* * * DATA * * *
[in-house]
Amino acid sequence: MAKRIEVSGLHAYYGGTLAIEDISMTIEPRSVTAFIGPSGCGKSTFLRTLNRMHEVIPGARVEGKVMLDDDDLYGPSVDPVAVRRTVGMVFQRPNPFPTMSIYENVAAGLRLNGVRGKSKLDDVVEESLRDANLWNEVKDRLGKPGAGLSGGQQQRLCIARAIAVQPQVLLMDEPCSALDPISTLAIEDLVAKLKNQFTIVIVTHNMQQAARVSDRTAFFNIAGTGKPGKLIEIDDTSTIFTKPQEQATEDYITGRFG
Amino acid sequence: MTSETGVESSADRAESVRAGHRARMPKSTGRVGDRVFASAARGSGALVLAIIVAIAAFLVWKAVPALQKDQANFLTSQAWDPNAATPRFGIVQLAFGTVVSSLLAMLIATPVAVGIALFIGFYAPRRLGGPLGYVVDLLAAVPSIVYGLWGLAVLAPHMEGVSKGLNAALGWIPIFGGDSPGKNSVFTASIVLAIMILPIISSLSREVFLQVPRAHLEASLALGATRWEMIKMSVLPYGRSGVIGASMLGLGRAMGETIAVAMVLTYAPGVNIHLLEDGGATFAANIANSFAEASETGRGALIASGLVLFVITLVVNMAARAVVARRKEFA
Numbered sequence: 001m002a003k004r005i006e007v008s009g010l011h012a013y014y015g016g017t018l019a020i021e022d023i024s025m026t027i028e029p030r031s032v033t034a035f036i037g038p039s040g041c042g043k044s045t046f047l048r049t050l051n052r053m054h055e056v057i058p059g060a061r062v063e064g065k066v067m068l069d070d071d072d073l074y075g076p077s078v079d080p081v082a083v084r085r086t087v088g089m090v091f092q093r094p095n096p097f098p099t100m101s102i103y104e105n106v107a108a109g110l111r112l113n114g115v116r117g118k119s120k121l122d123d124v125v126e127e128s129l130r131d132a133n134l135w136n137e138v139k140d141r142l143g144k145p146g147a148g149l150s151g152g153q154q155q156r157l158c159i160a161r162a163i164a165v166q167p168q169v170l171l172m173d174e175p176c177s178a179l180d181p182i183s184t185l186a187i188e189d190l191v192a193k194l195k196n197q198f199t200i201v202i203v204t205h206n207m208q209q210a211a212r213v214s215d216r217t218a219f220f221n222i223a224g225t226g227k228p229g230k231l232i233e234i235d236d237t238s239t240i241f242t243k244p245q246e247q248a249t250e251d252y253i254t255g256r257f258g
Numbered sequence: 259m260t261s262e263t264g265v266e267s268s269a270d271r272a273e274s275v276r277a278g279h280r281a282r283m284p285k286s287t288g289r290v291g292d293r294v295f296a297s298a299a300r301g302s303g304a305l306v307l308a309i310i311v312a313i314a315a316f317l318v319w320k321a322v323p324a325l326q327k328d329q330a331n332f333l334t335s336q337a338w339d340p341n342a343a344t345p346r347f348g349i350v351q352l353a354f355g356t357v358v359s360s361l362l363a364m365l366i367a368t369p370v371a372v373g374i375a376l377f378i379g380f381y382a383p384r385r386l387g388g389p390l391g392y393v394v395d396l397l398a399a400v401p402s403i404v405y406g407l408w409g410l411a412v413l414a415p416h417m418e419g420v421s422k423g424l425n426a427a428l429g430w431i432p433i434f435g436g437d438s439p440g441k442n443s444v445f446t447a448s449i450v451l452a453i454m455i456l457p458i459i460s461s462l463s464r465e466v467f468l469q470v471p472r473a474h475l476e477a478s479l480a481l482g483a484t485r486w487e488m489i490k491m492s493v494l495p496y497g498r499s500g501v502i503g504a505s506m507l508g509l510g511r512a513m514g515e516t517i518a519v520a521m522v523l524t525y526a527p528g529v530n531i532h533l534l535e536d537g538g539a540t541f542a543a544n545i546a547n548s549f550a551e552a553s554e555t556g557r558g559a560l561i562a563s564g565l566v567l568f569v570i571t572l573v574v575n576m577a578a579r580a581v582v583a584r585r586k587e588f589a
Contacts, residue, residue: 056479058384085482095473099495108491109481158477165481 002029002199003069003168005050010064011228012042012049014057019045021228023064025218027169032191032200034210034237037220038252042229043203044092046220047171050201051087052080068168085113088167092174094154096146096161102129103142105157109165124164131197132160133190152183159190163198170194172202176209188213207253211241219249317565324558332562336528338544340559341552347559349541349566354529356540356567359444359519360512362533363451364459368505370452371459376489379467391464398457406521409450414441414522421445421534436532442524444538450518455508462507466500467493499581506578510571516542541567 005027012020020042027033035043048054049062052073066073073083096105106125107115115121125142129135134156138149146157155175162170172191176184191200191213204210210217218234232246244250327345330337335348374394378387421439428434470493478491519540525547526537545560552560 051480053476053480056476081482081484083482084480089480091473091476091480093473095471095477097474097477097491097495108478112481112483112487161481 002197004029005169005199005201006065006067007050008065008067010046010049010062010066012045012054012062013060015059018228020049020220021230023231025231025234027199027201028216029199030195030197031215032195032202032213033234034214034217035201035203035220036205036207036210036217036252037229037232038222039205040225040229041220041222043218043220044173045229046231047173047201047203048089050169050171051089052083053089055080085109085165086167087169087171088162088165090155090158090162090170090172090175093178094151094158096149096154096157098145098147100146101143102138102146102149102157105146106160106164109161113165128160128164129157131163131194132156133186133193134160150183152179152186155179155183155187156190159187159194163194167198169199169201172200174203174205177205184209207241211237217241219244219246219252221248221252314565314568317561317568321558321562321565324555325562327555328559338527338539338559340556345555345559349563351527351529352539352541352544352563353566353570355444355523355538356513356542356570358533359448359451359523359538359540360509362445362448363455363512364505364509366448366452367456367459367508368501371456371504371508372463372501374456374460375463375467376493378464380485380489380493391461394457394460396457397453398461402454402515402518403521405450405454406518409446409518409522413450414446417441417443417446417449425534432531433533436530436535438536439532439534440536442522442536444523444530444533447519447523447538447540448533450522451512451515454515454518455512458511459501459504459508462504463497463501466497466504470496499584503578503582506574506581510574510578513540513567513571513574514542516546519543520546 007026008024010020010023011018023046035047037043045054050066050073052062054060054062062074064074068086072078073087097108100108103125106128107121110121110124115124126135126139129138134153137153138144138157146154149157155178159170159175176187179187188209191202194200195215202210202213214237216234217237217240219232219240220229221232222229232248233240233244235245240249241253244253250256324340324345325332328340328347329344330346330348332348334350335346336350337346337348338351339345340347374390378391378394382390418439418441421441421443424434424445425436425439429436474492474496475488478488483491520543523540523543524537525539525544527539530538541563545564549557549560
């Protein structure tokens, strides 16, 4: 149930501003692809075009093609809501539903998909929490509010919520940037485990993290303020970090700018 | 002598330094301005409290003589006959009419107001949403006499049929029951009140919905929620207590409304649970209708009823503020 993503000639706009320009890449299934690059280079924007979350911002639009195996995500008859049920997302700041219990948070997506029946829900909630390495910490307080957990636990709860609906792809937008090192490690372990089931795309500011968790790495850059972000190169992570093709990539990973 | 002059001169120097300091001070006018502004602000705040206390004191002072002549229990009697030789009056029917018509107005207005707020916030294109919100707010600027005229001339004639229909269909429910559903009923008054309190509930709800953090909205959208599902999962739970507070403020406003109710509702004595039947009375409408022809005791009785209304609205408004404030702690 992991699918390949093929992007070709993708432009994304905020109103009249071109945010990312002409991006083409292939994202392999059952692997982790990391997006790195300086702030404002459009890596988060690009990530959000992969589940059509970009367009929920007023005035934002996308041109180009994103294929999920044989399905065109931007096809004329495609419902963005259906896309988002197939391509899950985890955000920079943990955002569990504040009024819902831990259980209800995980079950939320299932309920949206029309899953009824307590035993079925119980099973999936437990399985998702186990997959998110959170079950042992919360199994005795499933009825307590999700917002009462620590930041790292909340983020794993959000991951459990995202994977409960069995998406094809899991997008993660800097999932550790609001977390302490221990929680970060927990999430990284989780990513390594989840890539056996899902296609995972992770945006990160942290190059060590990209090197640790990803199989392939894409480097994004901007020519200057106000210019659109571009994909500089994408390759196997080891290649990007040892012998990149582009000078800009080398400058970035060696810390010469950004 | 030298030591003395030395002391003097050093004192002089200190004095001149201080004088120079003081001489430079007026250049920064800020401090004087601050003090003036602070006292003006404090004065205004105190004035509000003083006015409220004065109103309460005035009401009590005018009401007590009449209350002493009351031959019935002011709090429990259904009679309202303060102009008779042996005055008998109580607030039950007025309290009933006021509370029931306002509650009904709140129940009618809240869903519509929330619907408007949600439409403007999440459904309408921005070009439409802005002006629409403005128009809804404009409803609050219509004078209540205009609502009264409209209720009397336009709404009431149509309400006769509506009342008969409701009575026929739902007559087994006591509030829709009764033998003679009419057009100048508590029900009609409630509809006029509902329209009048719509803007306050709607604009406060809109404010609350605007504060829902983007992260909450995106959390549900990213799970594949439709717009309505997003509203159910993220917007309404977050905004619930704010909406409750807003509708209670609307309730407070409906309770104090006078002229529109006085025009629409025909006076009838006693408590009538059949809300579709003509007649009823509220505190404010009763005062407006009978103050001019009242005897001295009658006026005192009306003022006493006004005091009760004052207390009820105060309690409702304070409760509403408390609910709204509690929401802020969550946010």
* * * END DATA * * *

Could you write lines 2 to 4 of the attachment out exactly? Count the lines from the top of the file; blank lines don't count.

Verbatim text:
Amino acid sequence: MAKRIEVSGLHAYYGGTLAIEDISMTIEPRSVTAFIGPSGCGKSTFLRTLNRMHEVIPGARVEGKVMLDDDDLYGPSVDPVAVRRTVGMVFQRPNPFPTMSIYENVAAGLRLNGVRGKSKLDDVVEESLRDANLWNEVKDRLGKPGAGLSGGQQQRLCIARAIAVQPQVLLMDEPCSALDPISTLAIEDLVAKLKNQFTIVIVTHNMQQAARVSDRTAFFNIAGTGKPGKLIEIDDTSTIFTKPQEQATEDYITGRFG
Amino acid sequence: MTSETGVESSADRAESVRAGHRARMPKSTGRVGDRVFASAARGSGALVLAIIVAIAAFLVWKAVPALQKDQANFLTSQAWDPNAATPRFGIVQLAFGTVVSSLLAMLIATPVAVGIALFIGFYAPRRLGGPLGYVVDLLAAVPSIVYGLWGLAVLAPHMEGVSKGLNAALGWIPIFGGDSPGKNSVFTASIVLAIMILPIISSLSREVFLQVPRAHLEASLALGATRWEMIKMSVLPYGRSGVIGASMLGLGRAMGETIAVAMVLTYAPGVNIHLLEDGGATFAANIANSFAEASETGRGALIASGLVLFVITLVVNMAARAVVARRKEFA
Numbered sequence: 001m002a003k004r005i006e007v008s009g010l011h012a013y014y015g016g017t018l019a020i021e022d023i024s025m026t027i028e029p030r031s032v033t034a035f036i037g038p039s040g041c042g043k044s045t046f047l048r049t050l051n052r053m054h055e056v057i058p059g060a061r062v063e064g065k066v067m068l069d070d071d072d073l074y075g076p077s078v079d080p081v082a083v084r085r086t087v088g089m090v091f092q093r094p095n096p097f098p099t100m101s102i103y104e105n106v107a108a109g110l111r112l113n114g115v116r117g118k119s120k121l122d123d124v125v126e127e128s129l130r131d132a133n134l135w136n137e138v139k140d141r142l143g144k145p146g147a148g149l150s151g152g153q154q155q156r157l158c159i160a161r162a163i164a165v166q167p168q169v170l171l172m173d174e175p176c177s178a179l180d181p182i183s184t185l186a187i188e189d190l191v192a193k194l195k196n197q198f199t200i201v202i203v204t205h206n207m208q209q210a211a212r213v214s215d216r217t218a219f220f221n222i223a224g225t226g227k228p229g230k231l232i233e234i235d236d237t238s239t240i241f242t243k244p245q246e247q248a249t250e251d252y253i254t255g256r257f258g